It’s one of the most long-lasting questions in astrophysics: what’s the source of those really high-energy cosmic rays that sometimes hit Earth? What cosmic gun could possibly shoot such high-energy bullets towards us?
There are two obvious candidates: active galactic nuclei and gamma ray bursts.
There are seem to be two types of progenitors for gamma ray bursts, but the most luminous events probably come from the collapse of very massive, rapidly rotating stars. Models of such collapse events suggest that the fireball should, alongside the generation of extremely energetic gamma rays, generate high-energy cosmic rays and neutrinos. And scientists now have a detector that can hunt for neutrinos from gamma ray bursts: IceCube.
I don’t propose to discuss IceCube in detail in this post. I’ll surely do that in later posts, and you could always read the relevant chapter in New Eyes on the Universe. The exciting news yesterday is that IceCube has been used to look for neutrinos from 300 gamma ray bursts detected by the Swift and Fermi space telescopes. Neutrinos are of course notoriously difficult to spot, but IceCube should have seen several neutrinos from these exceptionally luminous events. It saw nothing.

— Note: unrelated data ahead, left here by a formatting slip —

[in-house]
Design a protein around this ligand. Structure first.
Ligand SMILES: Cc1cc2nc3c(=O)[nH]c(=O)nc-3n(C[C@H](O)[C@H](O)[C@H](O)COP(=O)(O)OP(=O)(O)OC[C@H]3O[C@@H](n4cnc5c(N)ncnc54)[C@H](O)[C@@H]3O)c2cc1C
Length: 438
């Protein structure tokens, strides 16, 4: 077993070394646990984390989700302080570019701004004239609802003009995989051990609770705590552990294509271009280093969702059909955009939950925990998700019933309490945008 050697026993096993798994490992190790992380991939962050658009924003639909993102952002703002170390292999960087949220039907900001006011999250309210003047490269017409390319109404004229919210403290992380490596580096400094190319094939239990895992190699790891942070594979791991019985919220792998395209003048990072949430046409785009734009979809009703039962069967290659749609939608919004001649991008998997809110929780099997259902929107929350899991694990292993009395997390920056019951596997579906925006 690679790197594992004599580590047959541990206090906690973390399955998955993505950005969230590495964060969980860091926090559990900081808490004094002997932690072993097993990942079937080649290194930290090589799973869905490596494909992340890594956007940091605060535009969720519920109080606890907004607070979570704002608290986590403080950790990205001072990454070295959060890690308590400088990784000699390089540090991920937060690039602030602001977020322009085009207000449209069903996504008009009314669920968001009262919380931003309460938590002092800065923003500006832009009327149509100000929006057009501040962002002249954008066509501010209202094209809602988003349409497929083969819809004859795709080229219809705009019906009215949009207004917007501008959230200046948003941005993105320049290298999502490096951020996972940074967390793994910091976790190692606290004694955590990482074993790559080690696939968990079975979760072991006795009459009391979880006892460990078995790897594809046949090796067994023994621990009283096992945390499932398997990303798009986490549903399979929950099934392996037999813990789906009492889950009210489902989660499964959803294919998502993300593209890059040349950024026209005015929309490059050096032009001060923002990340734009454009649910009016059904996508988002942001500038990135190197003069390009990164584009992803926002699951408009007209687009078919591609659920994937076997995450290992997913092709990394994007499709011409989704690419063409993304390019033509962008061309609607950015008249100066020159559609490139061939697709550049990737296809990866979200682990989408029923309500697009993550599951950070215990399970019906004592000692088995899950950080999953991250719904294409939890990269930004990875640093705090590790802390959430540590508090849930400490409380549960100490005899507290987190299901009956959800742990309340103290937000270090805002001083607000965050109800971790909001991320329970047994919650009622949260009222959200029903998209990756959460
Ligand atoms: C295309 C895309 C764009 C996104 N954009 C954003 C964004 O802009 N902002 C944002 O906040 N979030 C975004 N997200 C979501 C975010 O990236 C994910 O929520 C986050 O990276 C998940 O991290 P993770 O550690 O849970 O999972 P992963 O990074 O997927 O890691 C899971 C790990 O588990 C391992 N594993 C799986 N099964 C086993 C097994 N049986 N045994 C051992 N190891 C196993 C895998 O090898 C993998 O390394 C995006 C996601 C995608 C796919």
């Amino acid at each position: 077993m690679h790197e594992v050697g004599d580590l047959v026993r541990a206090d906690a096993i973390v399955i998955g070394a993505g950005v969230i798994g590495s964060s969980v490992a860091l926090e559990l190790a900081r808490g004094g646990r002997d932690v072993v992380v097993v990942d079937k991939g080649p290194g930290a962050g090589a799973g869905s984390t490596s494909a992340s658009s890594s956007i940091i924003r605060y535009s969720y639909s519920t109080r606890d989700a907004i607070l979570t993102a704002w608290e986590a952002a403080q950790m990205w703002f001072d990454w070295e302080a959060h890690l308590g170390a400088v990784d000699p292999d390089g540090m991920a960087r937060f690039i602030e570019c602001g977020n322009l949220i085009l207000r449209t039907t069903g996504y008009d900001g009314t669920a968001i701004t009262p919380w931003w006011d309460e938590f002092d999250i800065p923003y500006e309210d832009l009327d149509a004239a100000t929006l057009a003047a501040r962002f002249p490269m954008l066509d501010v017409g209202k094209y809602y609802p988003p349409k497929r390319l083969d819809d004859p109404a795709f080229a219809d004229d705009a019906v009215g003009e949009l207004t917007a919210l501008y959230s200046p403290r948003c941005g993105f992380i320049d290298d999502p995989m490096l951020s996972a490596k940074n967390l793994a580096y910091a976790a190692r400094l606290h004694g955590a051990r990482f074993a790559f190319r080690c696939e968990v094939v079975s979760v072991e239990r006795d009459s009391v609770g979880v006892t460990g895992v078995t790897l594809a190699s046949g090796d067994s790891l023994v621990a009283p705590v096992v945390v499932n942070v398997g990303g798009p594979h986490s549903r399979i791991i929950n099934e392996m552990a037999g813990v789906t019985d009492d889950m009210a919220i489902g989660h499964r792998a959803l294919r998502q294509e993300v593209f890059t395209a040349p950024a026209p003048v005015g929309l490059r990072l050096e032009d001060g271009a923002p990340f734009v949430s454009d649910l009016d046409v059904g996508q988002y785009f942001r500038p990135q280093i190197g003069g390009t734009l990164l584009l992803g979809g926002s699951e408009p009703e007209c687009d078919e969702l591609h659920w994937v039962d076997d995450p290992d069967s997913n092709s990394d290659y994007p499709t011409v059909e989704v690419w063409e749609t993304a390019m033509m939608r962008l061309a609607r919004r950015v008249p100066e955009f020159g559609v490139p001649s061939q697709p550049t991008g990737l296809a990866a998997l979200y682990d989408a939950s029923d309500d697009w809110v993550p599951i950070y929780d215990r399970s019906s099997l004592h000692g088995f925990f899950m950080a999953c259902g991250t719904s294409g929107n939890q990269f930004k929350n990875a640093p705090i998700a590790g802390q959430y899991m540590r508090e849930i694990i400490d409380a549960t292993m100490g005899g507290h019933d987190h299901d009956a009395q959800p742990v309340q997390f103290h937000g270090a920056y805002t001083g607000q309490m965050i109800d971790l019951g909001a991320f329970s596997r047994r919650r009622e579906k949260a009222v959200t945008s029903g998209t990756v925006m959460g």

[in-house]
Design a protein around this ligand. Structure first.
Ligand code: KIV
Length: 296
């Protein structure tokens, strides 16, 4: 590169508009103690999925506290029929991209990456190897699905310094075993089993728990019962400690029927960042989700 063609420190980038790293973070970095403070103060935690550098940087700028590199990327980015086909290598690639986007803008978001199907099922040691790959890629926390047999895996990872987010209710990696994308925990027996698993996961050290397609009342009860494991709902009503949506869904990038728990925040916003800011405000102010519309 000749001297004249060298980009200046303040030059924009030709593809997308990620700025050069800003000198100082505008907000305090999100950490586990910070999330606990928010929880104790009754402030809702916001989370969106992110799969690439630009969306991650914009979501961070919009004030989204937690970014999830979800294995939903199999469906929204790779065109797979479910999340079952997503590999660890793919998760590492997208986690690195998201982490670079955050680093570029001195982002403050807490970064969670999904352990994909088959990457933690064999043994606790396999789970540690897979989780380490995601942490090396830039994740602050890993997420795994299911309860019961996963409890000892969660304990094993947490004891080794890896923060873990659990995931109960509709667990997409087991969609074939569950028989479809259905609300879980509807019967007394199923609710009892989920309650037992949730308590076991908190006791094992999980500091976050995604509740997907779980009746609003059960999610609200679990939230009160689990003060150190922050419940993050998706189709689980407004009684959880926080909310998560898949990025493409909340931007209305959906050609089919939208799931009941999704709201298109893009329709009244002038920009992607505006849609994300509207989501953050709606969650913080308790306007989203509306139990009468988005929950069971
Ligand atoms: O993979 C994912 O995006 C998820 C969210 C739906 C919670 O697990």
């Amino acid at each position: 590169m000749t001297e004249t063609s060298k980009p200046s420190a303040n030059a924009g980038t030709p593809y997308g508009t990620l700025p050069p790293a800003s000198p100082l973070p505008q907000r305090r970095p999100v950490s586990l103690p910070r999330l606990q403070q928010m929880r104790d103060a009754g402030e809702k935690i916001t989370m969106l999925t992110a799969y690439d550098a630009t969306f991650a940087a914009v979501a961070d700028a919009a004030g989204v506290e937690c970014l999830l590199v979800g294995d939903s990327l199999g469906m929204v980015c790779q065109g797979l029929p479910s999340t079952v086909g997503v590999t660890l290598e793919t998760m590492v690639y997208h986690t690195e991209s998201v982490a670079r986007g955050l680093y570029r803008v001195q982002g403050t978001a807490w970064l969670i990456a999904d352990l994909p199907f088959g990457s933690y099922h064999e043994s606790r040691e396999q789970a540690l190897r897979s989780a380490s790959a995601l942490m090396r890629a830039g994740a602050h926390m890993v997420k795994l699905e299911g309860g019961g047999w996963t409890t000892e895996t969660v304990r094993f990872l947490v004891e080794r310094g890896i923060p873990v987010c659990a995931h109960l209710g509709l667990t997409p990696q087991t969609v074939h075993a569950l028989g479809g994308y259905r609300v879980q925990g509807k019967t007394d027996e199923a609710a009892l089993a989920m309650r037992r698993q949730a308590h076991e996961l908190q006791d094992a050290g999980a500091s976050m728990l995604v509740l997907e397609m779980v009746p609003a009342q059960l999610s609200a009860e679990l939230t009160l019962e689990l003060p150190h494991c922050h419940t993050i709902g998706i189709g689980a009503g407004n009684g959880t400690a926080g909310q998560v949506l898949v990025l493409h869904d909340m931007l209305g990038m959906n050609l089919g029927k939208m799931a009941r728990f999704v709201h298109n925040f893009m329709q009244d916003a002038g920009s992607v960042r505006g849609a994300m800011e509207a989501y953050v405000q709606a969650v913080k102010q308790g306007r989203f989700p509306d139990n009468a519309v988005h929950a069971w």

This negative result suggests that our models of particle production in the fireball of a gamma ray burst might need some major tweaking – and perhaps that high-energy cosmic rays don’t come from burst after all. Perhaps active galactic nuclei are the guns that fire those cosmic ray bullets at us.